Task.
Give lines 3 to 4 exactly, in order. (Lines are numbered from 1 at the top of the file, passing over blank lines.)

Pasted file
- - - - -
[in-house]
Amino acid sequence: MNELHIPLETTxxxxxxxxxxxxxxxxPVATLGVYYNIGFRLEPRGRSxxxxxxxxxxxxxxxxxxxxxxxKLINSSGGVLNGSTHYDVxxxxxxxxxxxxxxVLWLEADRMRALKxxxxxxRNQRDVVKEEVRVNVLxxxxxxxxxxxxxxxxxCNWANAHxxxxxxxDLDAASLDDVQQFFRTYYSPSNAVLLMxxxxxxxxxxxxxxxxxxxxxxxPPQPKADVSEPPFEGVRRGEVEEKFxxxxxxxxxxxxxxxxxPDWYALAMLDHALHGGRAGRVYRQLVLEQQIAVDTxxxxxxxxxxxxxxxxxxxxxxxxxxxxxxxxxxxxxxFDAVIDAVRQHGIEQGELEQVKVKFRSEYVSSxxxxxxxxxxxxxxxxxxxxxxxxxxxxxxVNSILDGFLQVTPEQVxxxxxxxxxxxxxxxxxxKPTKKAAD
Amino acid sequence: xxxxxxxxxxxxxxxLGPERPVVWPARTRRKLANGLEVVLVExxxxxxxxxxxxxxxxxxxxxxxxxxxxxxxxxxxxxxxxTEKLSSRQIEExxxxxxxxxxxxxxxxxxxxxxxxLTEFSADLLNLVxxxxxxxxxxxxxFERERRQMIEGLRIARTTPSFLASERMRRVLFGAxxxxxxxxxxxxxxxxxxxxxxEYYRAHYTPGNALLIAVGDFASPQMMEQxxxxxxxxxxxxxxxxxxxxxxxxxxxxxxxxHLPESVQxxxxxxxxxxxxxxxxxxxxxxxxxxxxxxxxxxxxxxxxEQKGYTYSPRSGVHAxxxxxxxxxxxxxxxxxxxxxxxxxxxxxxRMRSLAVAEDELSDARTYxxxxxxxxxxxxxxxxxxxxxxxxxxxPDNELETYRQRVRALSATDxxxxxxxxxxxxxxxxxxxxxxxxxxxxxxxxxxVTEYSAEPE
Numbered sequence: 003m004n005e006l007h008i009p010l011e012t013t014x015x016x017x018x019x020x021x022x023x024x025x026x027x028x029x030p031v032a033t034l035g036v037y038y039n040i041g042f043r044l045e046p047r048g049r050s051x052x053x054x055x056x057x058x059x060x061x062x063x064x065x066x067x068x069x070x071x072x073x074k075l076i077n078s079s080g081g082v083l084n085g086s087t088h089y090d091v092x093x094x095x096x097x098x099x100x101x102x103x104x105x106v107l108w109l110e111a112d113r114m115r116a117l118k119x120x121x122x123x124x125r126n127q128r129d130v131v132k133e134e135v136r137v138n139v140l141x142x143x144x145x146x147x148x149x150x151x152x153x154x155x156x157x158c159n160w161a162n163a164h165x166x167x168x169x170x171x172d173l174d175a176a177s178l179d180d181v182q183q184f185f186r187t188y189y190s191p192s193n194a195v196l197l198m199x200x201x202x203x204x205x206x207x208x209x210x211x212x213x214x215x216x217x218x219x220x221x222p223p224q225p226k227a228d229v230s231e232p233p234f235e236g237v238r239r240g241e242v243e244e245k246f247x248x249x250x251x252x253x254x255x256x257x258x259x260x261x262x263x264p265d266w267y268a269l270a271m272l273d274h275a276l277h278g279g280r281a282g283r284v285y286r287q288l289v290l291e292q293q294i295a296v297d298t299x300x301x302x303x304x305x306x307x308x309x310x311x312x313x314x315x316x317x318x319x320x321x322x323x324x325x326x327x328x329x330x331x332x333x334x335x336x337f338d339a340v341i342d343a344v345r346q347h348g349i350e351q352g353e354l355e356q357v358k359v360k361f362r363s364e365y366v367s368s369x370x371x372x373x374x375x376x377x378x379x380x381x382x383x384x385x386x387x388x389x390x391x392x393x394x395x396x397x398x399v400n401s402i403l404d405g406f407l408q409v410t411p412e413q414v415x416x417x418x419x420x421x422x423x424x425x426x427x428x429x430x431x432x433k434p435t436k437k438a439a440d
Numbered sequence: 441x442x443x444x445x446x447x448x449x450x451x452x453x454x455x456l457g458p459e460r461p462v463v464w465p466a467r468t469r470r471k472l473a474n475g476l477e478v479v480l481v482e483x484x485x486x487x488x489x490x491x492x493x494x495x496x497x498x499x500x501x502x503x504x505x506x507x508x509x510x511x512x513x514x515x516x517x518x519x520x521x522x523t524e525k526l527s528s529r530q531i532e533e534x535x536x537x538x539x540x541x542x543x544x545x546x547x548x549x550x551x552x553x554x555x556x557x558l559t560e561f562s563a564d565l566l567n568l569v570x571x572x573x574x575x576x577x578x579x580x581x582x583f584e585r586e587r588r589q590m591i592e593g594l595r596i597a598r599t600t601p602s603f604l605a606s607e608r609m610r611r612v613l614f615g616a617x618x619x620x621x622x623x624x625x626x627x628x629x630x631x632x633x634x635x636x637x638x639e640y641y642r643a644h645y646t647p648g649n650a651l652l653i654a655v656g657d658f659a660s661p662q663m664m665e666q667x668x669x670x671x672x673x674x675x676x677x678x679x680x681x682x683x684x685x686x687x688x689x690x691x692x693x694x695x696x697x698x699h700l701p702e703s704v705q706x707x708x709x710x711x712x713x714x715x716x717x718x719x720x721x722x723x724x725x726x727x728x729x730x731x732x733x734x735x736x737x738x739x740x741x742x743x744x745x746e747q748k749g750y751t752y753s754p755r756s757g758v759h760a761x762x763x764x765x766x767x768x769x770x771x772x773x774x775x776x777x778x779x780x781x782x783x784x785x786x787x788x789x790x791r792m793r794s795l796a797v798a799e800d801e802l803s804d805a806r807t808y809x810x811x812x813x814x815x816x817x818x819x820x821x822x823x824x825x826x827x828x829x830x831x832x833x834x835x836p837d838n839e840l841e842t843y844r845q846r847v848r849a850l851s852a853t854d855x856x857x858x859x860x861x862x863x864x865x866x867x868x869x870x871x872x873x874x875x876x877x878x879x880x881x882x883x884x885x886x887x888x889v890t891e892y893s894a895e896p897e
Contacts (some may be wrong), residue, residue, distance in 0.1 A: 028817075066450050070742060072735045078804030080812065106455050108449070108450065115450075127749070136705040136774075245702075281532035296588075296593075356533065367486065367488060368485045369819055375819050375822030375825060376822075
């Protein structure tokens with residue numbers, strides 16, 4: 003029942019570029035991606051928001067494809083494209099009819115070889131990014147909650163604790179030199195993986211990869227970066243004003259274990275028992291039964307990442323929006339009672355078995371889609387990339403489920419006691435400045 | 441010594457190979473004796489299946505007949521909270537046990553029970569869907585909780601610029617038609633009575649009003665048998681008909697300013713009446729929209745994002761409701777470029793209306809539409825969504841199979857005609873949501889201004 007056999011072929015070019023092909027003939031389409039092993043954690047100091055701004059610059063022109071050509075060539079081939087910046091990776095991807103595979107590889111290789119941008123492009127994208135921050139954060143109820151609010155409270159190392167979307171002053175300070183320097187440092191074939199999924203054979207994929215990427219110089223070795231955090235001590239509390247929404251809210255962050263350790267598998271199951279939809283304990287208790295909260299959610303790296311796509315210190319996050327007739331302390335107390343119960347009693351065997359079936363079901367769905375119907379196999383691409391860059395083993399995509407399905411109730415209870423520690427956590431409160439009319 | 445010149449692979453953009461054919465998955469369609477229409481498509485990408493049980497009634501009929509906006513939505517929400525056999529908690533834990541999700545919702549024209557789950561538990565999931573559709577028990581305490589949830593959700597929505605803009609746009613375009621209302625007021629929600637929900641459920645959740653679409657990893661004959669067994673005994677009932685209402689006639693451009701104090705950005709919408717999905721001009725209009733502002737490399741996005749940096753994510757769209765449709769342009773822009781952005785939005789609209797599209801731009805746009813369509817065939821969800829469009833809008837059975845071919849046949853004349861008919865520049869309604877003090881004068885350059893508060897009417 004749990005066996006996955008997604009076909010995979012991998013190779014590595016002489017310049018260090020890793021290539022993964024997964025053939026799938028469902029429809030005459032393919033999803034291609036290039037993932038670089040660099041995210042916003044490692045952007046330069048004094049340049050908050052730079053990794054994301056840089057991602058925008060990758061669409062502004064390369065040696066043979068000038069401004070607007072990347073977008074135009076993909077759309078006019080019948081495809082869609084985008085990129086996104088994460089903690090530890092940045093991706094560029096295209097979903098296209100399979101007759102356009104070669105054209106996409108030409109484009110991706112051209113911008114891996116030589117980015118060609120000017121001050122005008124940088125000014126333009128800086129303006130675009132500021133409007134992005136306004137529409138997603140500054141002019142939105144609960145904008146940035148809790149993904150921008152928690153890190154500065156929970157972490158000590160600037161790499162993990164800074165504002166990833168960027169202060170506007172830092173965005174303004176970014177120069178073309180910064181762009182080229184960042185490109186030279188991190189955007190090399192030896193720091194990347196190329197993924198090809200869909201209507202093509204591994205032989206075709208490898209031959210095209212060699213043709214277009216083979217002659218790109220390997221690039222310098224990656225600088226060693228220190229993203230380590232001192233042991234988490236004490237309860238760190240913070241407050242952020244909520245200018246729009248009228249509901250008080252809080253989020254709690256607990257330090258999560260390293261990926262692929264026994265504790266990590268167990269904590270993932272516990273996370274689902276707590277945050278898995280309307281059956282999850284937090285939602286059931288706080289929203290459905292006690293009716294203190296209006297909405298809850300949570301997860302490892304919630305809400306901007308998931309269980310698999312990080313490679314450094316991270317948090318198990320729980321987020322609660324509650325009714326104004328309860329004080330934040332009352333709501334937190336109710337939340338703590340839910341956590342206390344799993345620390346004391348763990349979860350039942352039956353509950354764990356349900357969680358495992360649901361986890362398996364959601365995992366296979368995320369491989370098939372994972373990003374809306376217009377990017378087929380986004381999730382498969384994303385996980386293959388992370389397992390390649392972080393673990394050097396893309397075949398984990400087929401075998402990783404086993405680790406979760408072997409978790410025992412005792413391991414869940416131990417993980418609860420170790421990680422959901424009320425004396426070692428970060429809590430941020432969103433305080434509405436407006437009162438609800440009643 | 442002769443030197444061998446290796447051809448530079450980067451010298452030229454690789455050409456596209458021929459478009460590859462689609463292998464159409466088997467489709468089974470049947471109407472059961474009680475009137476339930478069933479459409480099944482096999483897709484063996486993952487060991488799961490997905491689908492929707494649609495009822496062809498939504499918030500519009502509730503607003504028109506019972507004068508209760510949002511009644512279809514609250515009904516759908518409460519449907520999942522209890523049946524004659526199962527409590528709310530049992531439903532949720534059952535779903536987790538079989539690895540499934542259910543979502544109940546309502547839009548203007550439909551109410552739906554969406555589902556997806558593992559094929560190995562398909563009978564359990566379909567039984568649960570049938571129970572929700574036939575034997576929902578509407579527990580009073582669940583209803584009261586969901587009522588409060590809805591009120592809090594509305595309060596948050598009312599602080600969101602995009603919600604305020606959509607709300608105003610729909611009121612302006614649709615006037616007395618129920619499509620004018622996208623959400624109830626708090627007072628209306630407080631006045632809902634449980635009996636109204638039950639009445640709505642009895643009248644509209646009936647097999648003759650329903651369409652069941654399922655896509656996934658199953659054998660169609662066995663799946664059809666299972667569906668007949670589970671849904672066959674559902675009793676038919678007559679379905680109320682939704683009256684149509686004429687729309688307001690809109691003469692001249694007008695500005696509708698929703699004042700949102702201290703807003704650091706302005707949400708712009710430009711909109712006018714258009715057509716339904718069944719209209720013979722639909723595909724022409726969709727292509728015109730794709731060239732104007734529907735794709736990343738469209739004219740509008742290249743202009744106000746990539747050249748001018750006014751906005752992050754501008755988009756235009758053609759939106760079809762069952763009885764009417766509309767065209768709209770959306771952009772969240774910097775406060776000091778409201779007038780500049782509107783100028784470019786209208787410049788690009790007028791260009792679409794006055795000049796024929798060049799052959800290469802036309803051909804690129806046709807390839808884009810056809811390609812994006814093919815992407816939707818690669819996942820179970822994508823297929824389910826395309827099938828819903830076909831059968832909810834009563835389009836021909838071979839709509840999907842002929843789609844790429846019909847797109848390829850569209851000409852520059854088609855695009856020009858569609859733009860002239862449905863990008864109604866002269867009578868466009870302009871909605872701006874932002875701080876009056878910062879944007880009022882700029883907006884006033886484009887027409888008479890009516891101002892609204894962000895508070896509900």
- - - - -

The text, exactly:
Amino acid sequence: xxxxxxxxxxxxxxxLGPERPVVWPARTRRKLANGLEVVLVExxxxxxxxxxxxxxxxxxxxxxxxxxxxxxxxxxxxxxxxTEKLSSRQIEExxxxxxxxxxxxxxxxxxxxxxxxLTEFSADLLNLVxxxxxxxxxxxxxFERERRQMIEGLRIARTTPSFLASERMRRVLFGAxxxxxxxxxxxxxxxxxxxxxxEYYRAHYTPGNALLIAVGDFASPQMMEQxxxxxxxxxxxxxxxxxxxxxxxxxxxxxxxxHLPESVQxxxxxxxxxxxxxxxxxxxxxxxxxxxxxxxxxxxxxxxxEQKGYTYSPRSGVHAxxxxxxxxxxxxxxxxxxxxxxxxxxxxxxRMRSLAVAEDELSDARTYxxxxxxxxxxxxxxxxxxxxxxxxxxxPDNELETYRQRVRALSATDxxxxxxxxxxxxxxxxxxxxxxxxxxxxxxxxxxVTEYSAEPE
Numbered sequence: 003m004n005e006l007h008i009p010l011e012t013t014x015x016x017x018x019x020x021x022x023x024x025x026x027x028x029x030p031v032a033t034l035g036v037y038y039n040i041g042f043r044l045e046p047r048g049r050s051x052x053x054x055x056x057x058x059x060x061x062x063x064x065x066x067x068x069x070x071x072x073x074k075l076i077n078s079s080g081g082v083l084n085g086s087t088h089y090d091v092x093x094x095x096x097x098x099x100x101x102x103x104x105x106v107l108w109l110e111a112d113r114m115r116a117l118k119x120x121x122x123x124x125r126n127q128r129d130v131v132k133e134e135v136r137v138n139v140l141x142x143x144x145x146x147x148x149x150x151x152x153x154x155x156x157x158c159n160w161a162n163a164h165x166x167x168x169x170x171x172d173l174d175a176a177s178l179d180d181v182q183q184f185f186r187t188y189y190s191p192s193n194a195v196l197l198m199x200x201x202x203x204x205x206x207x208x209x210x211x212x213x214x215x216x217x218x219x220x221x222p223p224q225p226k227a228d229v230s231e232p233p234f235e236g237v238r239r240g241e242v243e244e245k246f247x248x249x250x251x252x253x254x255x256x257x258x259x260x261x262x263x264p265d266w267y268a269l270a271m272l273d274h275a276l277h278g279g280r281a282g283r284v285y286r287q288l289v290l291e292q293q294i295a296v297d298t299x300x301x302x303x304x305x306x307x308x309x310x311x312x313x314x315x316x317x318x319x320x321x322x323x324x325x326x327x328x329x330x331x332x333x334x335x336x337f338d339a340v341i342d343a344v345r346q347h348g349i350e351q352g353e354l355e356q357v358k359v360k361f362r363s364e365y366v367s368s369x370x371x372x373x374x375x376x377x378x379x380x381x382x383x384x385x386x387x388x389x390x391x392x393x394x395x396x397x398x399v400n401s402i403l404d405g406f407l408q409v410t411p412e413q414v415x416x417x418x419x420x421x422x423x424x425x426x427x428x429x430x431x432x433k434p435t436k437k438a439a440d